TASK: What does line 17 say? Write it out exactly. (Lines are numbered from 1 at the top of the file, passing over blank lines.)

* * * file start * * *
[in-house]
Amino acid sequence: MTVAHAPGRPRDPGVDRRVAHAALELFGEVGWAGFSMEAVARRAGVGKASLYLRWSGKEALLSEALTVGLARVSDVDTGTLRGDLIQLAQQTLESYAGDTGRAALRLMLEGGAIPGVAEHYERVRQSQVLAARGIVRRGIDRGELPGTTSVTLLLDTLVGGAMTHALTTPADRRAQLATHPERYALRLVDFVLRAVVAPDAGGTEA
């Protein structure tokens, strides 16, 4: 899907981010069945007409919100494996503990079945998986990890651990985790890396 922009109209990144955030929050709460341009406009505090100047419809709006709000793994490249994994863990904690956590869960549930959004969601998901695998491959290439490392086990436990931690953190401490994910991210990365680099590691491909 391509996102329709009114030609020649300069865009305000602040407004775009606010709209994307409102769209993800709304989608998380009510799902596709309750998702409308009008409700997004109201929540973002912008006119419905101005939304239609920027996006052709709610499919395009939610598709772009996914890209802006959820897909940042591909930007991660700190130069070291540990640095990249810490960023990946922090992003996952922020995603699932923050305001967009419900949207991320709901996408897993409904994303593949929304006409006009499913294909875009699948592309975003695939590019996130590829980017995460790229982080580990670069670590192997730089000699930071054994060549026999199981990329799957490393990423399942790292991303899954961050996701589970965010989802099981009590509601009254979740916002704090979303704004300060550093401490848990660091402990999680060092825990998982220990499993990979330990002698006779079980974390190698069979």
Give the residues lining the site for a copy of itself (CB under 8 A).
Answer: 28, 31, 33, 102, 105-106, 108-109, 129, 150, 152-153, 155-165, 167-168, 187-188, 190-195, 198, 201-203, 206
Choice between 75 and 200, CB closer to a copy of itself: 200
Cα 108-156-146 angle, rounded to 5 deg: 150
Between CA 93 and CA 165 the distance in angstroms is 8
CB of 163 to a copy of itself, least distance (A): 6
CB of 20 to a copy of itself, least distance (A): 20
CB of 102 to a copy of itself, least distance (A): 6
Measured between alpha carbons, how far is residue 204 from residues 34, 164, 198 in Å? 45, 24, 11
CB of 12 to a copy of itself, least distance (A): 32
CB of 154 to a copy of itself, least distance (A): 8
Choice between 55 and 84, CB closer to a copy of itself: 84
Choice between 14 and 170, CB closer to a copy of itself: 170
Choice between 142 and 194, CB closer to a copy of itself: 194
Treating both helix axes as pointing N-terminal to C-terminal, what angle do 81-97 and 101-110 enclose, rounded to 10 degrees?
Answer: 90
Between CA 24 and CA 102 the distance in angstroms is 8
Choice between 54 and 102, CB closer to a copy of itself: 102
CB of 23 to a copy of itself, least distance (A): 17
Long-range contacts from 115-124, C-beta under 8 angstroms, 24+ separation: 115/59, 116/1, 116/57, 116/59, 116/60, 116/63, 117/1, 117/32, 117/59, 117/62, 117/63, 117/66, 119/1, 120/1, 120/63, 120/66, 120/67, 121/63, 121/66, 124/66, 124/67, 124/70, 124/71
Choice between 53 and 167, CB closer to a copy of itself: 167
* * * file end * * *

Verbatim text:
Choice between 142 and 194, CB closer to a copy of itself: 194